You have to be there to know where Kelly is. Usually wordy Wikipedia simply reports, “Kelly is an unincorporated community in Caldwell Parish. It’s ZIP code is 71441.” That’s it. No population given, but I’d guess it at around 18 people, 14 dogs and a horse these days. It never was a lot bigger.
Kelly is where Grandma Romoline and Grandpa George Kinnison used to live. It’s where I learned my first lessons of the outdoors during weekend and summer visits. I feel sorry for kids today who don’t have grandparents in the country.
There were fishing adventures to make Tom Sawyer and Huck Finn jealous, like trips to Aunt Lucy’s pond. Now there was a catch. I had to mow Grandma’s yard before I could go fishing. It wasn’t that big, but she had 86 bushes, some that even nurseries can’t name, planted three feet apart all around the yard. I had to mow around each one, stopping frequently to take a sip of Dr. Pepper to overcome dizziness.
But then it was off to the pond. It was huge. I saw it later in life and it wasn’t. But it was huge when I was 10.
Grandpa would find an old Folger’s metal coffee can and we’d go next door to see Mr. Lonnie Thomas and his old clawfoot bathtub, located under a shed out back, covered with a piece of rusty tin, containing rich dark soil and red worms from one end to the other. He’d dig around and get as many as he thought we could use. When Mr. Lonnie wasn’t home, we’d have to search under fresh cow patties in Aunt Lucy’s cow pasture for worms. They were a little bit more slimy and wiggly.
I’d hitch a ride out across the highway to Aunt Lucy’s. My grandparents never owned a car. You didn’t really need one in Kelly.
We caught bunches of bream and catfish and grinnel in the pond on cane poles cut right from the patch by the pond. We used braided line that you could tow a car with. It’s where l unintentionally learned how to dance with a water moccasin. And on another day, how to recover from a heart attack. The latter was provided by a covey of quail flushed with a fury from the fence row we walked to the pond. Here I also learned how to tell mean cows from friendly cows. Aunt Lucy’s cows were all mean.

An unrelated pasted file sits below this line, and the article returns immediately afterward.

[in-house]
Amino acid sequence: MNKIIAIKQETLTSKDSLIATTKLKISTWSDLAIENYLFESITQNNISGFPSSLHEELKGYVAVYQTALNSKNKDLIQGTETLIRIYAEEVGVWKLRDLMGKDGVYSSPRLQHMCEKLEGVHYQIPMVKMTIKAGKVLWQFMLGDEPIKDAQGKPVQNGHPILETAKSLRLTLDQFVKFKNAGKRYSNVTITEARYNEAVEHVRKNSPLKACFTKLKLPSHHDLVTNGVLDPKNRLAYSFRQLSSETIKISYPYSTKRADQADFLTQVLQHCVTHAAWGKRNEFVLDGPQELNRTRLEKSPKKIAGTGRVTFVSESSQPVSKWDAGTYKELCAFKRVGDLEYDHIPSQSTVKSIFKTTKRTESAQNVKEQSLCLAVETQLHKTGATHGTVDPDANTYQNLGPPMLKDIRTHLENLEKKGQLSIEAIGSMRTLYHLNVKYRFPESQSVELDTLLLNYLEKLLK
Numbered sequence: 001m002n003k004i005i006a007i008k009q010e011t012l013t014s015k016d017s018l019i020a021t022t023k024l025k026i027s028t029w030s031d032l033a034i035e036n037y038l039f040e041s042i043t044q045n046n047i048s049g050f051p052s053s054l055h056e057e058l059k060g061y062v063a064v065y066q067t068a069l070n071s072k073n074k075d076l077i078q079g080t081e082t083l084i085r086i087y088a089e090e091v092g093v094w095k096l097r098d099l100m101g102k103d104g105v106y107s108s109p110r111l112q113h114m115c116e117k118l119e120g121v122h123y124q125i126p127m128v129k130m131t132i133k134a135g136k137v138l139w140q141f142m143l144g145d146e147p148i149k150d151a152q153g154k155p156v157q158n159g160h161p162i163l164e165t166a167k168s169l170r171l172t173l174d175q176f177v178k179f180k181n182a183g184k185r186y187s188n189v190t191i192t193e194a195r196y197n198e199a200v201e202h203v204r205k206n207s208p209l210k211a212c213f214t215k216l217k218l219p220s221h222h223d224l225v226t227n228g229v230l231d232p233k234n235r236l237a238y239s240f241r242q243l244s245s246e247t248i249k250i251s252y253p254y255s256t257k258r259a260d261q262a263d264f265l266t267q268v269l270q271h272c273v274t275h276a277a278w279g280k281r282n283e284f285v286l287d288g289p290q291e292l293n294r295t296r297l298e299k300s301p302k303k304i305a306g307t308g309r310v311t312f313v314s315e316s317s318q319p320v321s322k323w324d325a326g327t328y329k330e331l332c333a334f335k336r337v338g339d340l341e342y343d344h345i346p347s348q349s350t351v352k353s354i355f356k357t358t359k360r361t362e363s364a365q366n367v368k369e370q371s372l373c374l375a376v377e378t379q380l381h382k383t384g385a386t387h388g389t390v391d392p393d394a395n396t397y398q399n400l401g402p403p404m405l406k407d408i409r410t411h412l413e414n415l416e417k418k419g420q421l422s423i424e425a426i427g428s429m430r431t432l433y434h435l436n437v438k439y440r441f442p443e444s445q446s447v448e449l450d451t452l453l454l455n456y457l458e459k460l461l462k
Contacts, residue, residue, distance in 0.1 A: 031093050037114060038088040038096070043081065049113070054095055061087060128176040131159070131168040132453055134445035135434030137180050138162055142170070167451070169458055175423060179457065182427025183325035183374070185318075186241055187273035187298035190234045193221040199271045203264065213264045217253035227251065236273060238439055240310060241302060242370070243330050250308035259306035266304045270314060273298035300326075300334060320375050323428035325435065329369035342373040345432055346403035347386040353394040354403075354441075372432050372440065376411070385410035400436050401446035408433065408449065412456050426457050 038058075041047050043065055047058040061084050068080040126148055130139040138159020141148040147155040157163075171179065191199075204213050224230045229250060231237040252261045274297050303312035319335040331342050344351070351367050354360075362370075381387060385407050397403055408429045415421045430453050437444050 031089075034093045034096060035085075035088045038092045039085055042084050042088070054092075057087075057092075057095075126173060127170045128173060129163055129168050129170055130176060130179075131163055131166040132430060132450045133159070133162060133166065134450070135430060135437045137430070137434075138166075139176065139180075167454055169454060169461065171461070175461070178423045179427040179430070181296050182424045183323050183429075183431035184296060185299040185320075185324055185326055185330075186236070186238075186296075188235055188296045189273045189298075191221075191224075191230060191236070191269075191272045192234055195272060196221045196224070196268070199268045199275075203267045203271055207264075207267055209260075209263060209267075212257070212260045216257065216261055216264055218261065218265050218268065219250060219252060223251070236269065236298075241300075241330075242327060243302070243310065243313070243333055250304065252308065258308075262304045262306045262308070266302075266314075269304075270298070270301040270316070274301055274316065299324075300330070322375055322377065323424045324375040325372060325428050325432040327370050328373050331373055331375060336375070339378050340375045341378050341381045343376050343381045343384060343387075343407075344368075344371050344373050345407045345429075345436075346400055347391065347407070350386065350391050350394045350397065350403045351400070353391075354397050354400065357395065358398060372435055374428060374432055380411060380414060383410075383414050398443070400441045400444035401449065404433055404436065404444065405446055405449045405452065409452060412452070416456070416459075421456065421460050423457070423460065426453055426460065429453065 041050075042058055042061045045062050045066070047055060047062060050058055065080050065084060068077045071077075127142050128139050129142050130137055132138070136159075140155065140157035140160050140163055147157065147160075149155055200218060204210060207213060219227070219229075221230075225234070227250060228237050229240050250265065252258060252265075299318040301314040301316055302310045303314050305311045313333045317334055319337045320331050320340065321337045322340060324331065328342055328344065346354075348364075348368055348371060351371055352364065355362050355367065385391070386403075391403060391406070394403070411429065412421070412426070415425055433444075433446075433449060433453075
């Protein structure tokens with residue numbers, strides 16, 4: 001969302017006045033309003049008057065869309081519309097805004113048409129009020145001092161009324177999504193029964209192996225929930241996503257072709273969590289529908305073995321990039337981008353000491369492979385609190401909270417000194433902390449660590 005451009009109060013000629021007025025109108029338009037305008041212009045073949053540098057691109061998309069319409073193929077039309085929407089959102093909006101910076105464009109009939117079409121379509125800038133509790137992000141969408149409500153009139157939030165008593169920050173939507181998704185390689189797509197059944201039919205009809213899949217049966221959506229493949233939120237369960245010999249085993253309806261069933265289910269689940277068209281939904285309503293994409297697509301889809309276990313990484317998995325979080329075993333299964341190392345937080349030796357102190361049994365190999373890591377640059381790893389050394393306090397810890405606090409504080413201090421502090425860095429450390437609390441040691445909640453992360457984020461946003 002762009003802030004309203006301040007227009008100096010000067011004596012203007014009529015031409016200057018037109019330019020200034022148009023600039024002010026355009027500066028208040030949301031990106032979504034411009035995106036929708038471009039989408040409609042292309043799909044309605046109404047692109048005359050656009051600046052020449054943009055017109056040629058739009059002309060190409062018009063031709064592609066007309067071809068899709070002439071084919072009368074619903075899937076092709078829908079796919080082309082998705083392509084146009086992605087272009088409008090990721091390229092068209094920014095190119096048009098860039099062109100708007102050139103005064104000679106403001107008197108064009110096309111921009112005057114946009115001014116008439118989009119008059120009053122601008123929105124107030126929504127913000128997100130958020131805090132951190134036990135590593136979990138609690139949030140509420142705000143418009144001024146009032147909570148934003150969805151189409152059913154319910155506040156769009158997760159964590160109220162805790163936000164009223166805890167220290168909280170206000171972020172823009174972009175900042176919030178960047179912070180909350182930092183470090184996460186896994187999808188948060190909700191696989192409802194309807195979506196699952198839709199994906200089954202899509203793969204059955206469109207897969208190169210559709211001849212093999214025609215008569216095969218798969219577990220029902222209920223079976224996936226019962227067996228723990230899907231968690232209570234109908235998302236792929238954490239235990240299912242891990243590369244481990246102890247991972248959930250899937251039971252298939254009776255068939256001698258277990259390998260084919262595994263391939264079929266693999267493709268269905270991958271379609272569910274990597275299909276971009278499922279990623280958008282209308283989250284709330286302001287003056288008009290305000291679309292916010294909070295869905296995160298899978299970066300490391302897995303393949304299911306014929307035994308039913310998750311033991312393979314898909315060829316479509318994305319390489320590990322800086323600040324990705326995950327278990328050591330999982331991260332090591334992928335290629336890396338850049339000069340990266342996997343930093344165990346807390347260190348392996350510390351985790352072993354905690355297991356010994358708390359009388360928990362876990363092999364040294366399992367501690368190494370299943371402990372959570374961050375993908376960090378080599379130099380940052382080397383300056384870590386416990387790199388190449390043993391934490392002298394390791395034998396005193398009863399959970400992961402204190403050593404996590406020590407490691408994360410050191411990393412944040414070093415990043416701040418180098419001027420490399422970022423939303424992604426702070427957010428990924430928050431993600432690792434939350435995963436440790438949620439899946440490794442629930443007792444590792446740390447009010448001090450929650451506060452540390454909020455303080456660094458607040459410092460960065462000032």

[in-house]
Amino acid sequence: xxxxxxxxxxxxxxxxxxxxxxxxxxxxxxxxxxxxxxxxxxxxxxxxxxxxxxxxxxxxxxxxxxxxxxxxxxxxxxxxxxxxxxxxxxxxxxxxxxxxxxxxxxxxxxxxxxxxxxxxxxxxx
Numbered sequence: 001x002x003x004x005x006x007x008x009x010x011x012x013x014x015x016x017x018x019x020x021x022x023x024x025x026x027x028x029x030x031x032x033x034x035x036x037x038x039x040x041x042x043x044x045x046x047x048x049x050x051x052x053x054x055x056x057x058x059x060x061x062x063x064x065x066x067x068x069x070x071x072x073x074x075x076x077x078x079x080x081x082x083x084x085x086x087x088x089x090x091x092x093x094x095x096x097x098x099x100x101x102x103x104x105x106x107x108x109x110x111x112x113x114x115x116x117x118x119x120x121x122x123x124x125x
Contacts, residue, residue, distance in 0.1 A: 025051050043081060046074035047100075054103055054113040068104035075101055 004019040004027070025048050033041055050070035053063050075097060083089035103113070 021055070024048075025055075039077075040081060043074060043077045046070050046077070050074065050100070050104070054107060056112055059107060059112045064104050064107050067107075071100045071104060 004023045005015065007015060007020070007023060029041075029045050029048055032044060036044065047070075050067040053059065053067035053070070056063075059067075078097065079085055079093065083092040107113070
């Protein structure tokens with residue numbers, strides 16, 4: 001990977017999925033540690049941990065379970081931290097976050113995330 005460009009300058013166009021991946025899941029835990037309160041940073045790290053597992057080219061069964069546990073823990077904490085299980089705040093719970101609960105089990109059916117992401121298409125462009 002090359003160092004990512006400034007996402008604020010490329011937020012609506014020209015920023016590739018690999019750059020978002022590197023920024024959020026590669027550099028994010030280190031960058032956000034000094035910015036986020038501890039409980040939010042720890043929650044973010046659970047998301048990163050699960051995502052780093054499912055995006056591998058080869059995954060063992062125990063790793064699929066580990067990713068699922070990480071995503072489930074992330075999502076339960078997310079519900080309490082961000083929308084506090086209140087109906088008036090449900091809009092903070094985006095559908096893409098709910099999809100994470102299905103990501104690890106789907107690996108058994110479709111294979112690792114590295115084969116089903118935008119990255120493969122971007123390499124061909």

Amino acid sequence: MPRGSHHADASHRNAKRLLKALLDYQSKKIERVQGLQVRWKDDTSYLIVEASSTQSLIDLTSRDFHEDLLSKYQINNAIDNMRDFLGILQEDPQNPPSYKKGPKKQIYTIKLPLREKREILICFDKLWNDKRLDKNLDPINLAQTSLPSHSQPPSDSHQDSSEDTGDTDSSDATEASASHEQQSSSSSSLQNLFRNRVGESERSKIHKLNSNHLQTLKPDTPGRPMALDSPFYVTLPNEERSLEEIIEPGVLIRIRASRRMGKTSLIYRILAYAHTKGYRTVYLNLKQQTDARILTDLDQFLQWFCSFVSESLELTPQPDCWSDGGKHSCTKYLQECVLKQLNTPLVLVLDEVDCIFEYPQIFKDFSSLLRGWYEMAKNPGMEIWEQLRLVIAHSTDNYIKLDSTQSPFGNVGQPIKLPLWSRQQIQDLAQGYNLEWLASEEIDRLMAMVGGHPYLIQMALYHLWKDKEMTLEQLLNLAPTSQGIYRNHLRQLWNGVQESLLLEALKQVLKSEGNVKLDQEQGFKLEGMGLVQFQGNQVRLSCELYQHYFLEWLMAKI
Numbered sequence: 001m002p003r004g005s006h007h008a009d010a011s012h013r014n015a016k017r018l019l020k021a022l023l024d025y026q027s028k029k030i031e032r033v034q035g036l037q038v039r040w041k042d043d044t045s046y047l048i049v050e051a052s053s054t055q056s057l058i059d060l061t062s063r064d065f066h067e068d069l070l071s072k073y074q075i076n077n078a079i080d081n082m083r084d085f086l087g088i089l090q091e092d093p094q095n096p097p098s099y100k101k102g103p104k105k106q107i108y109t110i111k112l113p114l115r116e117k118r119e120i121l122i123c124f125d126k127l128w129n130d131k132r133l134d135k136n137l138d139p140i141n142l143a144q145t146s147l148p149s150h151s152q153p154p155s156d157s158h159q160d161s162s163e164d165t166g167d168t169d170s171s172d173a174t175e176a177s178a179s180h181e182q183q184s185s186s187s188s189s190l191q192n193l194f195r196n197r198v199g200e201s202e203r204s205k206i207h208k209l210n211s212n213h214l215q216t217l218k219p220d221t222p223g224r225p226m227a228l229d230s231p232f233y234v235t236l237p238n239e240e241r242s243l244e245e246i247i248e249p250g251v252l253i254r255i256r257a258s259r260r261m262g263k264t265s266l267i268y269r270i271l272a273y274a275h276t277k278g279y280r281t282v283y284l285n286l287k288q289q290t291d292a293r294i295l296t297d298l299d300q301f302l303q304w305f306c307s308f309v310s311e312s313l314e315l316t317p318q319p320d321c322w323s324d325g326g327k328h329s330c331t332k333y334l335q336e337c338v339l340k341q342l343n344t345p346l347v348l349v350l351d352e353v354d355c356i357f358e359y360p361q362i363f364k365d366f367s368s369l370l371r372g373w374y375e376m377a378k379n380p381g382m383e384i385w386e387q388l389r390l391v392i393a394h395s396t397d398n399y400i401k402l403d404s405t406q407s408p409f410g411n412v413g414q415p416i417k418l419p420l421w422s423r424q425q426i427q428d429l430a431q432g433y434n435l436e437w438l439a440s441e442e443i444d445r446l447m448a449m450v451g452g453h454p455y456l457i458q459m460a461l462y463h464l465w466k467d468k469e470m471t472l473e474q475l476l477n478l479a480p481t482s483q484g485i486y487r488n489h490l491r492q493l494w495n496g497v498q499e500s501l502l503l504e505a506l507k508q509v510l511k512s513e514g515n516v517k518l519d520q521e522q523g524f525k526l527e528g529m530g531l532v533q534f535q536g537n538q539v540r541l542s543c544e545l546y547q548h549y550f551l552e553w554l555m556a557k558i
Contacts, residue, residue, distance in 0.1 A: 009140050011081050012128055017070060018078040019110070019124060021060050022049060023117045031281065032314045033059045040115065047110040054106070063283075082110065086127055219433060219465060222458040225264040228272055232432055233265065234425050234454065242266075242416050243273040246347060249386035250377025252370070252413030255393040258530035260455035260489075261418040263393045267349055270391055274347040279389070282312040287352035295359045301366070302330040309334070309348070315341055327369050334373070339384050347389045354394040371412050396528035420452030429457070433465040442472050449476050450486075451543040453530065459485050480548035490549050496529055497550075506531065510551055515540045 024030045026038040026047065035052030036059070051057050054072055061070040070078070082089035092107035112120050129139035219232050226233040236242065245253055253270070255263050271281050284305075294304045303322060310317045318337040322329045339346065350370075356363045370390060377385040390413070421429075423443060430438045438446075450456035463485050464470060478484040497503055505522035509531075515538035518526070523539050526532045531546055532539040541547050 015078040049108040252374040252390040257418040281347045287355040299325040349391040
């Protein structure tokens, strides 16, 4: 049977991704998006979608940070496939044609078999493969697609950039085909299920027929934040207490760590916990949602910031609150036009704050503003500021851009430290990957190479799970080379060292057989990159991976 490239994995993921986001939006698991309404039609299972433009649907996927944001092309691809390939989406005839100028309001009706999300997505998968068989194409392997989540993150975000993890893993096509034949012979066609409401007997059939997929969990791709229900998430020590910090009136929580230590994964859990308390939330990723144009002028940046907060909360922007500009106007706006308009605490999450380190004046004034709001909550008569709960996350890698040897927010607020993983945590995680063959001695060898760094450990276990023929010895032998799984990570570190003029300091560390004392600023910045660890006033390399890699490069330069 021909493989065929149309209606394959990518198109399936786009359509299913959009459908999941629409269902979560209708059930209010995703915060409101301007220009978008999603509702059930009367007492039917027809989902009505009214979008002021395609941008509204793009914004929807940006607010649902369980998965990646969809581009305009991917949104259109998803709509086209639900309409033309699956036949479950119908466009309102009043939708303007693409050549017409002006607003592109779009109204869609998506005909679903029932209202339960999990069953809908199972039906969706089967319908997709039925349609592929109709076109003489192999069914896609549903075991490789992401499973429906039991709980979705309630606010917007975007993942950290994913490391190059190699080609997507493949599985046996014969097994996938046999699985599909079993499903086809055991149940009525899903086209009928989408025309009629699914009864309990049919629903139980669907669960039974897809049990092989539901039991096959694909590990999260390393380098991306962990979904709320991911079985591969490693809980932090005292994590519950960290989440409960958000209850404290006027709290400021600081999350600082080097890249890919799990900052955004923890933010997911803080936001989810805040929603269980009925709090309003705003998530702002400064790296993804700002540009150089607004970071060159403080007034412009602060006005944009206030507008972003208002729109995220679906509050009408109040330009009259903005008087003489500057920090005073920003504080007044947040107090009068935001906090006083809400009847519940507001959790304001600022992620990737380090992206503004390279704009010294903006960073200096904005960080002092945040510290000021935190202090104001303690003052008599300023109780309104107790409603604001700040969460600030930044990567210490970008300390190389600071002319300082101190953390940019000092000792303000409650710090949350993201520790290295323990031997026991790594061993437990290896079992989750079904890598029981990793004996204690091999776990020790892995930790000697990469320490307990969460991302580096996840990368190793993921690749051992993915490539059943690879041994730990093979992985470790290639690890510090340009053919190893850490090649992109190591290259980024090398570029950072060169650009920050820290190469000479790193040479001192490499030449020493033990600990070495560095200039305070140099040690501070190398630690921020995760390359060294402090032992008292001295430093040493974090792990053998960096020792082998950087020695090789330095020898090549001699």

Back in the woods behind Grandma’s, I learned to never, never, never shoot a hornet’s nest with a .22 rifle, no matter how far away you think you are. Running through the chicken yard and jumping the fence while screaming at the top of my lungs even scared the head rooster. He was mean, too.
But back to fishing. One summer, Dad and I walked into downtown Kelly, which was a block from each city limits sign, down to Tuberville’s General Store. I thought we were going to get an orange creamsicle Push-Up. But Dad bought me my very first real artificial fishing lure. It was a Lucky 13. Came in a box and everything. Visions of catching a bass made me almost as dizzy as mowing Grandma’s yard. They were in the pond, you know. We had seen them swirl and jump, but they would not hit a red wiggler.
That afternoon, I met my cousin Paul to walk to the pond, right after we ate a few of Aunt Lucy’s tea cakes and got a swig of cool well water. On this day, I had my cane pole and my Dad’s Zebco 33 rod and reel, my new bait securely tied on.
I can still see it in my mind. I cast my Lucky 13 clear across the pond and into a willow bush. No problem. I jerked as hard as I could and it came right lose. But it flew across the pond faster than a flushed quail and a treble hook buried about a half inch above my right eye. Buried deep.
No worries. Cousin Paul plopped out his trusty single bladed Old Hickory pocketknife. It was sharp because he used it to clean squirrels earlier that very morning. He spit on it, wiped it on his blue jeans to sanitize it and cut the hook out before I could see enough through my bloody eye to know I should yell “Stop.” I think he enjoyed it. He still grins today when he hears the story.
There’s more. I killed my first squirrel in the seven-acre woods on the Kinnison homestead in Kelly. It woke up Mr. Pitelli, the next door neighbor, who gave me an awful cussing about hunting in town and so early.
Oh yes, more about the fishing.
Well, you see, there isn’t room to keep telling the tales. But if there’s one thing this story brings to the forefront, it is that fishing isn’t all about fishing. It’s about all the stuff that goes on around it. Or hunting. And the stories we tell. Some of them are even true. Never forget that. Because you can never catch enough fish or big enough fish to be totally happy. There’s always one more or one a little bit bigger.
But you can make memories in the simple going of fishing. And telling the tales. And seriously, that’s really all that matters in the end.
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